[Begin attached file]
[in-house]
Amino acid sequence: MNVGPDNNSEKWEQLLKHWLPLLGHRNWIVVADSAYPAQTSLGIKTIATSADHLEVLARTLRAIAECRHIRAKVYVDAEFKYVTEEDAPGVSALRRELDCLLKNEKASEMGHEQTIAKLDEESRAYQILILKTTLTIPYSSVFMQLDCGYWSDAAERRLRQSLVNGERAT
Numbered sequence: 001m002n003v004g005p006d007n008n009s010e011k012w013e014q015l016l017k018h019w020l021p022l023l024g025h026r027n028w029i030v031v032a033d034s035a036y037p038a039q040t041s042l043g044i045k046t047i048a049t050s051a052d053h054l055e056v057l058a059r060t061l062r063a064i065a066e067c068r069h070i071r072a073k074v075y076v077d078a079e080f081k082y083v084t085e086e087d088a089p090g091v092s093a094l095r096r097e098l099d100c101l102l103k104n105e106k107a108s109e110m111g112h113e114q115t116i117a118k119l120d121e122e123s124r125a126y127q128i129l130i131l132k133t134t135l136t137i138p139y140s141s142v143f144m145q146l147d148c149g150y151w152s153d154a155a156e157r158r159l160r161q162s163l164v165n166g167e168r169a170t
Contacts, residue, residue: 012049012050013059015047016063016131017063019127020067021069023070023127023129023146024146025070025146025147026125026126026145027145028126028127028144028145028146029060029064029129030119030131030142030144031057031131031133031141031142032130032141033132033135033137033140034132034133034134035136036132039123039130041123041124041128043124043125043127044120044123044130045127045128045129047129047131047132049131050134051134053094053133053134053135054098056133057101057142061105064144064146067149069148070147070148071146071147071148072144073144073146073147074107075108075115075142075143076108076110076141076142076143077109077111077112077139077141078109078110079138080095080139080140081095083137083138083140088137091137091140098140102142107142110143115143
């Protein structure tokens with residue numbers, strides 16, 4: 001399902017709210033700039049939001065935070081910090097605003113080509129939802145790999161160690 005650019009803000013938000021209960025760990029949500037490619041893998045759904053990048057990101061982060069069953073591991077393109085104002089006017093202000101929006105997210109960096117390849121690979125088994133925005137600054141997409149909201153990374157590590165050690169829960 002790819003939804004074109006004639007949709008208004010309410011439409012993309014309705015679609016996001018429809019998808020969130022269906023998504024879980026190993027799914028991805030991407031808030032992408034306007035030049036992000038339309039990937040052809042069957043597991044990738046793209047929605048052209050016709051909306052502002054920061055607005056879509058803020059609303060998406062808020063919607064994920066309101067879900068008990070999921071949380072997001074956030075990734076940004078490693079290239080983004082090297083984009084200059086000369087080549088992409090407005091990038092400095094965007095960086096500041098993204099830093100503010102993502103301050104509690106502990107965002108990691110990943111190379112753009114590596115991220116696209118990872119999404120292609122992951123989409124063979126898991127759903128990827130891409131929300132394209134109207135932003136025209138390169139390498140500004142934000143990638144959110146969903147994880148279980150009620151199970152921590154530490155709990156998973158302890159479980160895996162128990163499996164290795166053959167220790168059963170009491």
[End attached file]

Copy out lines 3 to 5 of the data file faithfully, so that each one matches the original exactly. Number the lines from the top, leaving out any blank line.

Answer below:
Numbered sequence: 001m002n003v004g005p006d007n008n009s010e011k012w013e014q015l016l017k018h019w020l021p022l023l024g025h026r027n028w029i030v031v032a033d034s035a036y037p038a039q040t041s042l043g044i045k046t047i048a049t050s051a052d053h054l055e056v057l058a059r060t061l062r063a064i065a066e067c068r069h070i071r072a073k074v075y076v077d078a079e080f081k082y083v084t085e086e087d088a089p090g091v092s093a094l095r096r097e098l099d100c101l102l103k104n105e106k107a108s109e110m111g112h113e114q115t116i117a118k119l120d121e122e123s124r125a126y127q128i129l130i131l132k133t134t135l136t137i138p139y140s141s142v143f144m145q146l147d148c149g150y151w152s153d154a155a156e157r158r159l160r161q162s163l164v165n166g167e168r169a170t
Contacts, residue, residue: 012049012050013059015047016063016131017063019127020067021069023070023127023129023146024146025070025146025147026125026126026145027145028126028127028144028145028146029060029064029129030119030131030142030144031057031131031133031141031142032130032141033132033135033137033140034132034133034134035136036132039123039130041123041124041128043124043125043127044120044123044130045127045128045129047129047131047132049131050134051134053094053133053134053135054098056133057101057142061105064144064146067149069148070147070148071146071147071148072144073144073146073147074107075108075115075142075143076108076110076141076142076143077109077111077112077139077141078109078110079138080095080139080140081095083137083138083140088137091137091140098140102142107142110143115143
């Protein structure tokens with residue numbers, strides 16, 4: 001399902017709210033700039049939001065935070081910090097605003113080509129939802145790999161160690 005650019009803000013938000021209960025760990029949500037490619041893998045759904053990048057990101061982060069069953073591991077393109085104002089006017093202000101929006105997210109960096117390849121690979125088994133925005137600054141997409149909201153990374157590590165050690169829960 002790819003939804004074109006004639007949709008208004010309410011439409012993309014309705015679609016996001018429809019998808020969130022269906023998504024879980026190993027799914028991805030991407031808030032992408034306007035030049036992000038339309039990937040052809042069957043597991044990738046793209047929605048052209050016709051909306052502002054920061055607005056879509058803020059609303060998406062808020063919607064994920066309101067879900068008990070999921071949380072997001074956030075990734076940004078490693079290239080983004082090297083984009084200059086000369087080549088992409090407005091990038092400095094965007095960086096500041098993204099830093100503010102993502103301050104509690106502990107965002108990691110990943111190379112753009114590596115991220116696209118990872119999404120292609122992951123989409124063979126898991127759903128990827130891409131929300132394209134109207135932003136025209138390169139390498140500004142934000143990638144959110146969903147994880148279980150009620151199970152921590154530490155709990156998973158302890159479980160895996162128990163499996164290795166053959167220790168059963170009491």